Poverty figures: what they do and don’t say | CPAG

Poverty figures: what they do and don’t say

Published on: 
25 June 2015
Written by: 

Megan Jarvie
Former London campaign co-ordinator

Today the government released the latest official poverty statistics (for 2013-14). Anyone aware of the projections made by the IFS and the NPI think tanks may be feeling slightly confused that, essentially, child poverty rates haven’t shifted on the previous year (although half a million more children are in absolute poverty than in 2010).

So, what do and what don’t the figures tells us?

The Government is saying the big story is  “the percentage of individuals and children in relative low income at its lowest level since the 1980s”,   Evidently, despite the Prime Minister’s avowed doubts about the value of using a relative child poverty measure, it’s ok to use that measure when it’s not delivering bad news.  Ministers are also tight-lipped on the fact that the big falls in child poverty happened before 2011.

While today’s figures tell us there has not been a statistically significant decrease in child poverty levels, they also make it pretty clear that the government is significantly off track when it comes to fulfilling its commitment to end child poverty by 2020.

Child poverty remained static in 2013/14 for the fourth year in a row. 3.7 million children (on the after housing costs indicator) are still living in poverty. That’s 27 per cent of all children, or nine children in classroom of 30. 

Many are confused by how this fits with the projections that child poverty was set to rise. The IFS has projected that poverty would rise through analysing changes to tax and benefit policy combined with the labour market trends recorded by the Labour Force Survey. The data released today is based on the Family Resources Survey which samples 20,000 households, rather than the whole population, so naturally is subject to a margin of error. In the words of the statisticians behind today’s figures, the results are “estimates, not precise figures” which means there could in fact be increases or decreases in poverty levels which aren't picked up by the sample. They found changes to taxes, earnings and benefits combining so that incomes in the middle and bottom of the distribution remained largely unchanged. One possible reason for the difference in the two sets of figures is that the survey underlying today’s figures showed higher employment increases that the Labour Force Survey used by IFS.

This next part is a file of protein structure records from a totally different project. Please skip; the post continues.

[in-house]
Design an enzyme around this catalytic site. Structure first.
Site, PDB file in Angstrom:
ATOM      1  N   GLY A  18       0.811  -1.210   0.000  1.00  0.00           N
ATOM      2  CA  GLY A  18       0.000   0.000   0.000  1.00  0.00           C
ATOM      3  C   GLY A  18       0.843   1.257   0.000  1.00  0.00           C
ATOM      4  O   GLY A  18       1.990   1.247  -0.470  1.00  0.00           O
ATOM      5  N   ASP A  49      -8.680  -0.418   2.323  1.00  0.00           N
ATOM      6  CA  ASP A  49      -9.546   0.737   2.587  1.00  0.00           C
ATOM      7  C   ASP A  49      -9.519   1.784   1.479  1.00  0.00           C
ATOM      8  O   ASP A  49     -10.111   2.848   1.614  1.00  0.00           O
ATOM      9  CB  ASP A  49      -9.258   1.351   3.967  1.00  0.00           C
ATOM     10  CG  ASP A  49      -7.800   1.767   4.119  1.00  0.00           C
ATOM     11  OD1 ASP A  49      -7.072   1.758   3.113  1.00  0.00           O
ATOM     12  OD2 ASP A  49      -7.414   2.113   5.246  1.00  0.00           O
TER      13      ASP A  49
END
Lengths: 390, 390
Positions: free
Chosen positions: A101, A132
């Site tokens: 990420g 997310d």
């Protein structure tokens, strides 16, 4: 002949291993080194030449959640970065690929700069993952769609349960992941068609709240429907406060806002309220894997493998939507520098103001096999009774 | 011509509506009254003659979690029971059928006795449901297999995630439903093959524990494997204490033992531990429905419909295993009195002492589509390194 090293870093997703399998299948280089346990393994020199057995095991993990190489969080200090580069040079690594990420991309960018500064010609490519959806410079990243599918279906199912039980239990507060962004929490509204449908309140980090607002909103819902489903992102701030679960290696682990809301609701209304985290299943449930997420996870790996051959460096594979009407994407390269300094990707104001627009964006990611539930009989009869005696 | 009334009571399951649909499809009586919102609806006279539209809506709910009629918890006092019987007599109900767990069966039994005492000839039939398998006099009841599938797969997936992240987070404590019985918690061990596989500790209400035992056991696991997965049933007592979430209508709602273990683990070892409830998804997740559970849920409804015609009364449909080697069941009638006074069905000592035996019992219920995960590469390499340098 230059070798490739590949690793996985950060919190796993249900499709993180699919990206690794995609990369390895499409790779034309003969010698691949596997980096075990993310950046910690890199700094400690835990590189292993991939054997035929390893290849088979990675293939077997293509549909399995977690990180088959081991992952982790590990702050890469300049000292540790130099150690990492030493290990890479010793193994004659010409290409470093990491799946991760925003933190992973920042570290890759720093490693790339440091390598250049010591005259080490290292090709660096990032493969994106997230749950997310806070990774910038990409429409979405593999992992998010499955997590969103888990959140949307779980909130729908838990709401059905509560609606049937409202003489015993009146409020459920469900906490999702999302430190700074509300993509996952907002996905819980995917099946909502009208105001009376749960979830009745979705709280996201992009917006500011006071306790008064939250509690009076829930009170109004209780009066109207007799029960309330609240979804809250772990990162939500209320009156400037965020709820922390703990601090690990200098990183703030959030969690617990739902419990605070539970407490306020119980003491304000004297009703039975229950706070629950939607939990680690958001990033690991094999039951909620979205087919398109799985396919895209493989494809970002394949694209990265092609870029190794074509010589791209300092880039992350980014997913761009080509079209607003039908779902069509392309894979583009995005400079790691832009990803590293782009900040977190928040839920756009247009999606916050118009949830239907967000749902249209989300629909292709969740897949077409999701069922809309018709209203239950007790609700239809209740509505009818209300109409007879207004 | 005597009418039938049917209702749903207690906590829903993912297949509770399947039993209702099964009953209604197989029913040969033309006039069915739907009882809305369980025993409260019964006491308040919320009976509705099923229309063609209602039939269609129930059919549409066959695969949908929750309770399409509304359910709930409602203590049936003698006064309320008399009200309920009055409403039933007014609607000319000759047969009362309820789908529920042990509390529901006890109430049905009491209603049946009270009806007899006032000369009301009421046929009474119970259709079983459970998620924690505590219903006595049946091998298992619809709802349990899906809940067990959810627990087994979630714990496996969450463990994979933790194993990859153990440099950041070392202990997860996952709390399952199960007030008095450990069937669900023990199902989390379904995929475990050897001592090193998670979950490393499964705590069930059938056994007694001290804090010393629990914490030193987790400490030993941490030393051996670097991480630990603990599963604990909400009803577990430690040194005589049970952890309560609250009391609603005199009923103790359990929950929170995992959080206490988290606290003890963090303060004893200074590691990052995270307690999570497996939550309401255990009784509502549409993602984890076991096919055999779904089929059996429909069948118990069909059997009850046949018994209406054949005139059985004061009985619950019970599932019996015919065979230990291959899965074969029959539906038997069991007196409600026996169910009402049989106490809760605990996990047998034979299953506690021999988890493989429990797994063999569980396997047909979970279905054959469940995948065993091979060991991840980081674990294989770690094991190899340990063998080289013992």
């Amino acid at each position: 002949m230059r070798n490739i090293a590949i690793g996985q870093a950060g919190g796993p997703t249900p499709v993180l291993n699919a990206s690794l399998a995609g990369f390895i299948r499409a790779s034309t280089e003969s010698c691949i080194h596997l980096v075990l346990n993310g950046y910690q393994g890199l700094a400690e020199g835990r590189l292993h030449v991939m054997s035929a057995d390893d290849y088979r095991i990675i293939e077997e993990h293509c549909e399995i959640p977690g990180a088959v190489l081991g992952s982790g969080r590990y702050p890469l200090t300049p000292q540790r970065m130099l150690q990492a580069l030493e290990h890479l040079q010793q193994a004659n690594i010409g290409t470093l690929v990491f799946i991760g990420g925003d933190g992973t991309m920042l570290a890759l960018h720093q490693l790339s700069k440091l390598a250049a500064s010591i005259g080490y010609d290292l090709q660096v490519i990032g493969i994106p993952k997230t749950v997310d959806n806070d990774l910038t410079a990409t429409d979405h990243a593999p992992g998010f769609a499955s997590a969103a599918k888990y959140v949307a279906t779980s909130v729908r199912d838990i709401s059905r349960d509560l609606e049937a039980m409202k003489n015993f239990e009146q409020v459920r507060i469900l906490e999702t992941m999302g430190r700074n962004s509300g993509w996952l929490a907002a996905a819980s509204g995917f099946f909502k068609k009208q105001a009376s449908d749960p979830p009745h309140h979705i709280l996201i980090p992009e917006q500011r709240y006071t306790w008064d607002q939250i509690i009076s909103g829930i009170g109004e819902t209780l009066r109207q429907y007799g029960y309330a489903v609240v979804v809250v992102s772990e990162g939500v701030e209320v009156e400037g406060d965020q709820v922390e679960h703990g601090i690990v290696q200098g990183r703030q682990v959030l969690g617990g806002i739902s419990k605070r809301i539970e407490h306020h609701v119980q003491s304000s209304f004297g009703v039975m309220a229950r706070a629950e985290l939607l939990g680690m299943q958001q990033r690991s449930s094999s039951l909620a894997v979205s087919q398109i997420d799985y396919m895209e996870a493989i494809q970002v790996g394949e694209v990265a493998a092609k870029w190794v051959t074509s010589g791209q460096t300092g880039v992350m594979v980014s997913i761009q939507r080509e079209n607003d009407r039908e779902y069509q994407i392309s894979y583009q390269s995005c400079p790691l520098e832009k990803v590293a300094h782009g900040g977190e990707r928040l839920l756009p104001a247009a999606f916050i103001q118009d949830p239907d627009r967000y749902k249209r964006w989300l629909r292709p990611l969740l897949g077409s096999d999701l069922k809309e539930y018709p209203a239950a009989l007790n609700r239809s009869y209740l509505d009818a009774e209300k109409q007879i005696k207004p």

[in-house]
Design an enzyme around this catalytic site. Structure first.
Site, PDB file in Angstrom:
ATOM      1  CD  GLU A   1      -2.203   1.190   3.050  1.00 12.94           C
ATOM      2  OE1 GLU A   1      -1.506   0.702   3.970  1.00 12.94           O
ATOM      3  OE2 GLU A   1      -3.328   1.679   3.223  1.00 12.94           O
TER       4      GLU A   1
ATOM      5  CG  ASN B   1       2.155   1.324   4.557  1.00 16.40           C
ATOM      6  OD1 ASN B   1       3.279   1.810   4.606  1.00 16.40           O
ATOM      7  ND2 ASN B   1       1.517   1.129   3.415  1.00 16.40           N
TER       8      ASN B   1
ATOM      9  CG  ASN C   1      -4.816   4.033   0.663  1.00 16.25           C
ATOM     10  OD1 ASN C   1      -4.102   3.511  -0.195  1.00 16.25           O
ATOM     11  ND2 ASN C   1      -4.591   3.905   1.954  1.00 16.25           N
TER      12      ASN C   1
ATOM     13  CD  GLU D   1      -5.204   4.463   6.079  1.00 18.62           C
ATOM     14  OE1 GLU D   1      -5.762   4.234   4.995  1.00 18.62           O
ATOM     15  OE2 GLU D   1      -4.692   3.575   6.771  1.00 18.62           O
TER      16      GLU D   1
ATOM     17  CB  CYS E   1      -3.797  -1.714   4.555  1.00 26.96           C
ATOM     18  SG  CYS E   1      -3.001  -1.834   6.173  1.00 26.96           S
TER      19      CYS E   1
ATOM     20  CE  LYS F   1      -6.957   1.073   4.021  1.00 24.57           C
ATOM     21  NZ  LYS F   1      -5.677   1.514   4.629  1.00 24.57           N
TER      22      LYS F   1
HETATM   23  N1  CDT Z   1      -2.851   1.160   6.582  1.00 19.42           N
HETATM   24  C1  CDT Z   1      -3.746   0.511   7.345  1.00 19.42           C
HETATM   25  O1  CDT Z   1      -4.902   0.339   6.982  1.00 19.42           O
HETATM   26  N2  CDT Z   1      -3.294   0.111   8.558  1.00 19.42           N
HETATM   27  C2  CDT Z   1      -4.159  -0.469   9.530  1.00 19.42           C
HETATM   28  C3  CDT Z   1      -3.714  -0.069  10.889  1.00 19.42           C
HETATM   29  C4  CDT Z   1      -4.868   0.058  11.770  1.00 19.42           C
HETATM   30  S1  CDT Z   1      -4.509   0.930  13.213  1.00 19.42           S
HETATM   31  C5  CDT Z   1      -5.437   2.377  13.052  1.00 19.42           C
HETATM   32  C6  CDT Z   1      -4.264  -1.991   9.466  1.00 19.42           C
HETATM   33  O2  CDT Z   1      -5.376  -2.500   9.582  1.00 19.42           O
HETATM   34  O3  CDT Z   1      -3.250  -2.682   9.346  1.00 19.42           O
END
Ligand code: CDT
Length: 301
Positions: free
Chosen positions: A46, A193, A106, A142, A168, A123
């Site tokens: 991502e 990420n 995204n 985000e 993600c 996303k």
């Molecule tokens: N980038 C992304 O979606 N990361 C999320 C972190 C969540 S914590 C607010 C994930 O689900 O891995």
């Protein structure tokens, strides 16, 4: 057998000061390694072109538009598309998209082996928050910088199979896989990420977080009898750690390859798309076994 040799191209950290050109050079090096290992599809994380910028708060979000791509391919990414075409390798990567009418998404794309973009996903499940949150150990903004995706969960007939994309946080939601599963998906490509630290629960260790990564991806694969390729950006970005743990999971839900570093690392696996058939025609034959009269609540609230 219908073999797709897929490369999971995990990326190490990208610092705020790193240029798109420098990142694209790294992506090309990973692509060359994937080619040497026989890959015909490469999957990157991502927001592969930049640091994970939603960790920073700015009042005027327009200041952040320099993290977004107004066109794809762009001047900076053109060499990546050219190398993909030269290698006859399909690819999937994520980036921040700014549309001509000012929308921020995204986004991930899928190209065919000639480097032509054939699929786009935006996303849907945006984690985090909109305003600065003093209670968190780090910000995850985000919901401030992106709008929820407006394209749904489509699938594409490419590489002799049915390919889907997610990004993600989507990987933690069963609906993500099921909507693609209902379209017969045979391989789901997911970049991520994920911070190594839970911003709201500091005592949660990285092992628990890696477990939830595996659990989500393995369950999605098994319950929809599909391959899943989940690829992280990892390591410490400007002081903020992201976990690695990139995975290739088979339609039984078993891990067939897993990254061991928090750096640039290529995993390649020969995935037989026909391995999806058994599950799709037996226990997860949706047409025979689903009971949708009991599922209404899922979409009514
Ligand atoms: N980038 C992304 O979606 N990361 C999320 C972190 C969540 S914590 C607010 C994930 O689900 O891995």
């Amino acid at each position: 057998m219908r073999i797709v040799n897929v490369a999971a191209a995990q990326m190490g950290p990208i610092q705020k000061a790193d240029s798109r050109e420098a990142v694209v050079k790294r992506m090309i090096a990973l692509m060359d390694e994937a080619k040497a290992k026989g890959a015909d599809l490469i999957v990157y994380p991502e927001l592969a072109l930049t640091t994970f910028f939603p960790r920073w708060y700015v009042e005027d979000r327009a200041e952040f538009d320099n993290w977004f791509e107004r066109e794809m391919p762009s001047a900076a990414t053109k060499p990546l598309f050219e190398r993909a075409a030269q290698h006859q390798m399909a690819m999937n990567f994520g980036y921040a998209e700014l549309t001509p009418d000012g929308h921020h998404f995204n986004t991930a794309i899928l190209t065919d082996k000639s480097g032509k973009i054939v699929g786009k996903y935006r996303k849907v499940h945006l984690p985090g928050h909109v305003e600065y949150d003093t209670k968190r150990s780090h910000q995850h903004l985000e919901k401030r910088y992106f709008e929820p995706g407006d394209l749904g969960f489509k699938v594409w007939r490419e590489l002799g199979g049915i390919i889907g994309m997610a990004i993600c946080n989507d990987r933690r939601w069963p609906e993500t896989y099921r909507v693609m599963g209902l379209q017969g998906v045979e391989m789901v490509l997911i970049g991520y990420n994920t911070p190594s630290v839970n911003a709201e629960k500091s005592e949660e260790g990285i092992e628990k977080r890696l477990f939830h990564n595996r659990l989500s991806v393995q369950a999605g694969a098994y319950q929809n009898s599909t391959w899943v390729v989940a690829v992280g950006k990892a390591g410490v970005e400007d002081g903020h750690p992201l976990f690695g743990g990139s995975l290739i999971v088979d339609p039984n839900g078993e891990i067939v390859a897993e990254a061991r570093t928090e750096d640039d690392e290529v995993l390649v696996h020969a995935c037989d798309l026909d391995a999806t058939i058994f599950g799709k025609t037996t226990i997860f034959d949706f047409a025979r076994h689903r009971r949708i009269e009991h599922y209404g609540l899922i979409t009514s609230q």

Most importantly though, these figures for a single year should not detract from the robust projections that show child poverty set to rise significantly by 2020 – even before the £12 billion of cuts to social security are factored in. It’s the longer term trend we should pay close attention to, not individual years, IFS cautions. Fears about the looming child poverty crisis remain.

One notable figure amongst the many reams of papers that make up this release is around working families. Two thirds of children growing up in poverty are in working families. This has risen by 1 per cent, and while the size of the survey means that this is not statistically significant, it shows that the high levels of in-work poverty are not changing.

Iain Duncan Smith’s view on this is somewhat different: “We know that work is the best route out of poverty, with children in workless families around 3 times as likely to be in poverty than those in working families.” Yes, that’s right but not the full picture. Families are less likely to be living in poverty if they are working, but work has not provided a route out of poverty for 2.3 million children.

The Child Poverty Act legally commits the government to eradicate child poverty. To achieve this, child poverty rates need to be slashed to just over a third of the figures released today for 2013/14. Ministers should treat these figures as a warning, not as vindication.